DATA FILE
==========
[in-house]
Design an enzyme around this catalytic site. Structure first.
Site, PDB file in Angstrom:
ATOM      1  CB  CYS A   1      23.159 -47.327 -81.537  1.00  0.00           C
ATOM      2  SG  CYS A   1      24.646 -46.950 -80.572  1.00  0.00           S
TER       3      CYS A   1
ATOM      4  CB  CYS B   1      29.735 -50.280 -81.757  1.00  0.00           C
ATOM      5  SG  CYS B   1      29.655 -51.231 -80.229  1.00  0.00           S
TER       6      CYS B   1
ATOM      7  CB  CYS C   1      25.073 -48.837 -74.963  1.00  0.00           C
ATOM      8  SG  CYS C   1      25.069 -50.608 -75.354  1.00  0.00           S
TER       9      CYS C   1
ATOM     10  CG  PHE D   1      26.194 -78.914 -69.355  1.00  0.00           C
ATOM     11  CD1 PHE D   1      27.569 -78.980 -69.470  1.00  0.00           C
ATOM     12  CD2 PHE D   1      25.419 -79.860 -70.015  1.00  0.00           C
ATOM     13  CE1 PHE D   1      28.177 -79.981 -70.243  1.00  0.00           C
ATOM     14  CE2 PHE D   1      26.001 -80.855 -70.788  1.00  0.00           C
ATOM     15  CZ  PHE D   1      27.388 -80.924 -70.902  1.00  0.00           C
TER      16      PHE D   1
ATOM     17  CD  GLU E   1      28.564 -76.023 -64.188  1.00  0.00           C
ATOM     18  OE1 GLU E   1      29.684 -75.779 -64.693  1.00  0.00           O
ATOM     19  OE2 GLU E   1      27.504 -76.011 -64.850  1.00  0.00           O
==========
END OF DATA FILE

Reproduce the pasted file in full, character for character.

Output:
[in-house]
Design an enzyme around this catalytic site. Structure first.
Site, PDB file in Angstrom:
ATOM      1  CB  CYS A   1      23.159 -47.327 -81.537  1.00  0.00           C
ATOM      2  SG  CYS A   1      24.646 -46.950 -80.572  1.00  0.00           S
TER       3      CYS A   1
ATOM      4  CB  CYS B   1      29.735 -50.280 -81.757  1.00  0.00           C
ATOM      5  SG  CYS B   1      29.655 -51.231 -80.229  1.00  0.00           S
TER       6      CYS B   1
ATOM      7  CB  CYS C   1      25.073 -48.837 -74.963  1.00  0.00           C
ATOM      8  SG  CYS C   1      25.069 -50.608 -75.354  1.00  0.00           S
TER       9      CYS C   1
ATOM     10  CG  PHE D   1      26.194 -78.914 -69.355  1.00  0.00           C
ATOM     11  CD1 PHE D   1      27.569 -78.980 -69.470  1.00  0.00           C
ATOM     12  CD2 PHE D   1      25.419 -79.860 -70.015  1.00  0.00           C
ATOM     13  CE1 PHE D   1      28.177 -79.981 -70.243  1.00  0.00           C
ATOM     14  CE2 PHE D   1      26.001 -80.855 -70.788  1.00  0.00           C
ATOM     15  CZ  PHE D   1      27.388 -80.924 -70.902  1.00  0.00           C
TER      16      PHE D   1
ATOM     17  CD  GLU E   1      28.564 -76.023 -64.188  1.00  0.00           C
ATOM     18  OE1 GLU E   1      29.684 -75.779 -64.693  1.00  0.00           O
ATOM     19  OE2 GLU E   1      27.504 -76.011 -64.850  1.00  0.00           O